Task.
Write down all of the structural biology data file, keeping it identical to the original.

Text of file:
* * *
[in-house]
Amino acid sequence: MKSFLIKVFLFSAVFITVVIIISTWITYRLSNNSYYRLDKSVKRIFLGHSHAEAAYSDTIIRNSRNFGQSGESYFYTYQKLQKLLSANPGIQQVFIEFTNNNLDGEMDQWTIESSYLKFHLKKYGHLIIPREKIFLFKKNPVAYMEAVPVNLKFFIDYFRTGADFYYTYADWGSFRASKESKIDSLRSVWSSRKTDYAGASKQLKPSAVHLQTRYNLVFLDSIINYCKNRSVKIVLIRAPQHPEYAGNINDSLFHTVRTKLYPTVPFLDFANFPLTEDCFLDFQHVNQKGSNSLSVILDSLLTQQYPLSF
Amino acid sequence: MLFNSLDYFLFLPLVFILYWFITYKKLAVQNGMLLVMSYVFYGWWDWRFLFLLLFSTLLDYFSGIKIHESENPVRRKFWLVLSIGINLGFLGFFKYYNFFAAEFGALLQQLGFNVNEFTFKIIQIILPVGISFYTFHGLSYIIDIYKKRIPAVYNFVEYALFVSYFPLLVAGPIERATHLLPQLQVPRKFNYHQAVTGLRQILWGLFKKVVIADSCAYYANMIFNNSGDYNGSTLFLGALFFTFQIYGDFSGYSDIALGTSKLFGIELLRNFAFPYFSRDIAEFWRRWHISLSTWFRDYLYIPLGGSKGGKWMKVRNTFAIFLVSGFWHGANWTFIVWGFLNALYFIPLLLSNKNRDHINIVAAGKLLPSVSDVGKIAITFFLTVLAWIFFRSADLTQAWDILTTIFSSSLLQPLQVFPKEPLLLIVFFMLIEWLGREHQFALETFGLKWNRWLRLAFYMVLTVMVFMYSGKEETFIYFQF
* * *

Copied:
[in-house]
Amino acid sequence: MKSFLIKVFLFSAVFITVVIIISTWITYRLSNNSYYRLDKSVKRIFLGHSHAEAAYSDTIIRNSRNFGQSGESYFYTYQKLQKLLSANPGIQQVFIEFTNNNLDGEMDQWTIESSYLKFHLKKYGHLIIPREKIFLFKKNPVAYMEAVPVNLKFFIDYFRTGADFYYTYADWGSFRASKESKIDSLRSVWSSRKTDYAGASKQLKPSAVHLQTRYNLVFLDSIINYCKNRSVKIVLIRAPQHPEYAGNINDSLFHTVRTKLYPTVPFLDFANFPLTEDCFLDFQHVNQKGSNSLSVILDSLLTQQYPLSF
Amino acid sequence: MLFNSLDYFLFLPLVFILYWFITYKKLAVQNGMLLVMSYVFYGWWDWRFLFLLLFSTLLDYFSGIKIHESENPVRRKFWLVLSIGINLGFLGFFKYYNFFAAEFGALLQQLGFNVNEFTFKIIQIILPVGISFYTFHGLSYIIDIYKKRIPAVYNFVEYALFVSYFPLLVAGPIERATHLLPQLQVPRKFNYHQAVTGLRQILWGLFKKVVIADSCAYYANMIFNNSGDYNGSTLFLGALFFTFQIYGDFSGYSDIALGTSKLFGIELLRNFAFPYFSRDIAEFWRRWHISLSTWFRDYLYIPLGGSKGGKWMKVRNTFAIFLVSGFWHGANWTFIVWGFLNALYFIPLLLSNKNRDHINIVAAGKLLPSVSDVGKIAITFFLTVLAWIFFRSADLTQAWDILTTIFSSSLLQPLQVFPKEPLLLIVFFMLIEWLGREHQFALETFGLKWNRWLRLAFYMVLTVMVFMYSGKEETFIYFQF